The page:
Network: A creature like Stanley Kubrick's HAL has yet to see `life'

TELEVISION, WROTE Jules Verne at the turn of the last century, would be a great boon to people living in the future. He figured that it would only take one thousand years to perfect.

That the first televisions were demonstrated some 40 years later should serve as a cautionary note to those in the field of prediction, though some might say television is far from "perfected".

Nevertheless, one can draw a point from this tale. One of the world's great visionaries, living in a period of rapid invention and change, missed the mark by a huge margin.

Indeed, as global communications improve, the rate of change speeds up. A network's utility goes up at the rate of the square of its nodes, so the Internet alone is adding hundreds of millions of ways for ideas and idea-makers to inform each other.

Ergo, things we thought were way out there may, in fact, be round the corner. Yet, if one were to predict that a computer would surpass a 20th century human in intelligence by 2020, there would probably be few takers.

The reason is that one prediction which came up very short was that of artificial intelligence. Stanley Kubrick's landmark film 2001 featured HAL, a computer sufficiently intelligent to mimic the kind of unenlightened self-interest that's all too human.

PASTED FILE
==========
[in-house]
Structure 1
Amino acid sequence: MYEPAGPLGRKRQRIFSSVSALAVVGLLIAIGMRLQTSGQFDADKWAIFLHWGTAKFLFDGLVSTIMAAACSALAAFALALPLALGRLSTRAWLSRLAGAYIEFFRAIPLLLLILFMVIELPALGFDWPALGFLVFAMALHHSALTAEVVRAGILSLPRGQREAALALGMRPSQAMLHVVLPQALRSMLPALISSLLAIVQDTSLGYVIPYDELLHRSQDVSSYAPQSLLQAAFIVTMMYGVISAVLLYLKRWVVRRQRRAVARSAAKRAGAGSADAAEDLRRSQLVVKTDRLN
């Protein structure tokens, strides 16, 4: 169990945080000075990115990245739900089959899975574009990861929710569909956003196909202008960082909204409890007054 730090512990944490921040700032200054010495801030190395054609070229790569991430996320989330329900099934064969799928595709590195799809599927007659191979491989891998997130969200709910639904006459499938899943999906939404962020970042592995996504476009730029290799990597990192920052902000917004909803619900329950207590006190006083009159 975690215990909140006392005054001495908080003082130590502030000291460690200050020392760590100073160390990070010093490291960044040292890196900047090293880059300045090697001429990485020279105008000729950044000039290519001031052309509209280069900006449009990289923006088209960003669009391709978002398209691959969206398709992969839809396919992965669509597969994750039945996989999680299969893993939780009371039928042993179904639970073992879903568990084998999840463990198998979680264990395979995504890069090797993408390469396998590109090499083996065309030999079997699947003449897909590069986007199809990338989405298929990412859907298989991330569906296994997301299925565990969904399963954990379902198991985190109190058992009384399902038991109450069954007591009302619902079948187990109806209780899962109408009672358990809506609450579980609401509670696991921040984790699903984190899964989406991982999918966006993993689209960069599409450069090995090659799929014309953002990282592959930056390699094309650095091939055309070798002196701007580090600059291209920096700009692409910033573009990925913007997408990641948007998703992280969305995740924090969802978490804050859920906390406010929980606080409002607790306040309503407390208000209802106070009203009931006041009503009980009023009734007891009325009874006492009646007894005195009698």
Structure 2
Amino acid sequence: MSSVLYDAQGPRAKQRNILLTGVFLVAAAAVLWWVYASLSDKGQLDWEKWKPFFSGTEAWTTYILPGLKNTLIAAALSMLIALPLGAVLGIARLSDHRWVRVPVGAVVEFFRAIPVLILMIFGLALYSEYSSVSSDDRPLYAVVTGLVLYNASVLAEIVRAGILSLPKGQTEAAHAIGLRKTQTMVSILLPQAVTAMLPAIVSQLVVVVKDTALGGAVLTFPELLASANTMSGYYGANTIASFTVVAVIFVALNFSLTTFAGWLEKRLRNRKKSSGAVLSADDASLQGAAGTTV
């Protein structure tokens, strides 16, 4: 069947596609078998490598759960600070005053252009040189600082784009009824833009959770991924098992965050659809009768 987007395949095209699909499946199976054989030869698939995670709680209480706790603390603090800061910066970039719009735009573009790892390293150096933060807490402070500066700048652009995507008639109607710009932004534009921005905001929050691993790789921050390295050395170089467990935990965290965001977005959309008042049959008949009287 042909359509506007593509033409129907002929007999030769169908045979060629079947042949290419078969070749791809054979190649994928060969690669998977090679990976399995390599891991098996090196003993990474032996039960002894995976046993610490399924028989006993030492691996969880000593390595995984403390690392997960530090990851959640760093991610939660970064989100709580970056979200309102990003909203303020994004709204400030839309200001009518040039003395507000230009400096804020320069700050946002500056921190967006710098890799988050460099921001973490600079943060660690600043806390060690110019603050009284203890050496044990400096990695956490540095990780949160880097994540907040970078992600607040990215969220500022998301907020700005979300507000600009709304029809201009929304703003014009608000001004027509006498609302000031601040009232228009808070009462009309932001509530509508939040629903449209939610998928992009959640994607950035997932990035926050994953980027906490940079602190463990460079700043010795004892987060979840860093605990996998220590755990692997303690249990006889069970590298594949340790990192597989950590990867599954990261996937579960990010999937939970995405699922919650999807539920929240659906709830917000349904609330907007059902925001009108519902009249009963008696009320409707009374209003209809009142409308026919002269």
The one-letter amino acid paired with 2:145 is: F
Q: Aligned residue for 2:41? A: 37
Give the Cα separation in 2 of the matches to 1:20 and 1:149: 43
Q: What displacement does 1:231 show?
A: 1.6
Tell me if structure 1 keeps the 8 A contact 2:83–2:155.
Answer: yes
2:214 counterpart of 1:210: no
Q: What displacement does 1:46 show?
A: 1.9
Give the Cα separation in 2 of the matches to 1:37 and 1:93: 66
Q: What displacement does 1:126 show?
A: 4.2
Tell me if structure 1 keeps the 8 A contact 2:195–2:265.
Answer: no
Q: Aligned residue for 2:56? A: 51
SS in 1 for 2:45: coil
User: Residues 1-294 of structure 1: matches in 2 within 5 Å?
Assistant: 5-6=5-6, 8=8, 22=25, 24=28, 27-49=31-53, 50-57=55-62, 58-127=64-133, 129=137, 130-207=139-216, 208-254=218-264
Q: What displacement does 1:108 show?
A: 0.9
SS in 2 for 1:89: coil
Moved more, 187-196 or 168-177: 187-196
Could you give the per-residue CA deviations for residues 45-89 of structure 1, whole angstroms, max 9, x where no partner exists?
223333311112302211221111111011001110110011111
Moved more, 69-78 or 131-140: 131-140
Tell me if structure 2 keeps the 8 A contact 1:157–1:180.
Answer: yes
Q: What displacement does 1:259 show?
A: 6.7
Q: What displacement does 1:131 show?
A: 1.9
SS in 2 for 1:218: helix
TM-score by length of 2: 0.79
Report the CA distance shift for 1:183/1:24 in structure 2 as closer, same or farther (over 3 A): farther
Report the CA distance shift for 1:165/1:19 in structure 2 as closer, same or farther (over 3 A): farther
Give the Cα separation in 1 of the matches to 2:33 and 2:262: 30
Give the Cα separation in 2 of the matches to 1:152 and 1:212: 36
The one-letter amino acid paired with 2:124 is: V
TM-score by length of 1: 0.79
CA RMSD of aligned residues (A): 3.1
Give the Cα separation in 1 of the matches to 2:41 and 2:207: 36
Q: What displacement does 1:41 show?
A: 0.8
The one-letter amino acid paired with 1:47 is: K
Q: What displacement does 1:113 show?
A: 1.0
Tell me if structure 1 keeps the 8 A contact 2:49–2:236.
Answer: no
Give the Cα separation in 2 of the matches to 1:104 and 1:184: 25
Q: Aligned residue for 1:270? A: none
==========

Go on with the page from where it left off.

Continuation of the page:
But a creature like HAL has yet to see "life". Artificial intelligence, or AI as it is often called, turned out to be a lot harder than was originally thought.

AI has staged a quiet comeback in applications as diverse as autofocus cameras, automated telephone operators, automobile engines and stock exchange computers.

But the thinking computer is still a distant dream. Authors such as George Dyson say that machine intelligence is a Darwinian inevitability, outside human control. It will evolve as surely as carbon-based life did.

Of course, some would point to the glut of less-than-informed content on the Net to prove that computer intelligence isn't going up; rather computer use is forcing human intelligence down.

But, glancing through a recent book by Ray Kurzweil, The Age of Spiritual Machines, I came across some figures that were intriguing.

Kurzweil posits that artificial intelligence's slow start is rooted in the difference between the computational ability of the brain and of current silicon-based hardware. The brain, Kurzweil contends, is capable of some 20 million billion calculations per second, whereas even a supercomputer, such as IBM's chess-playing Deep Blue, can only manage about 10 trillion.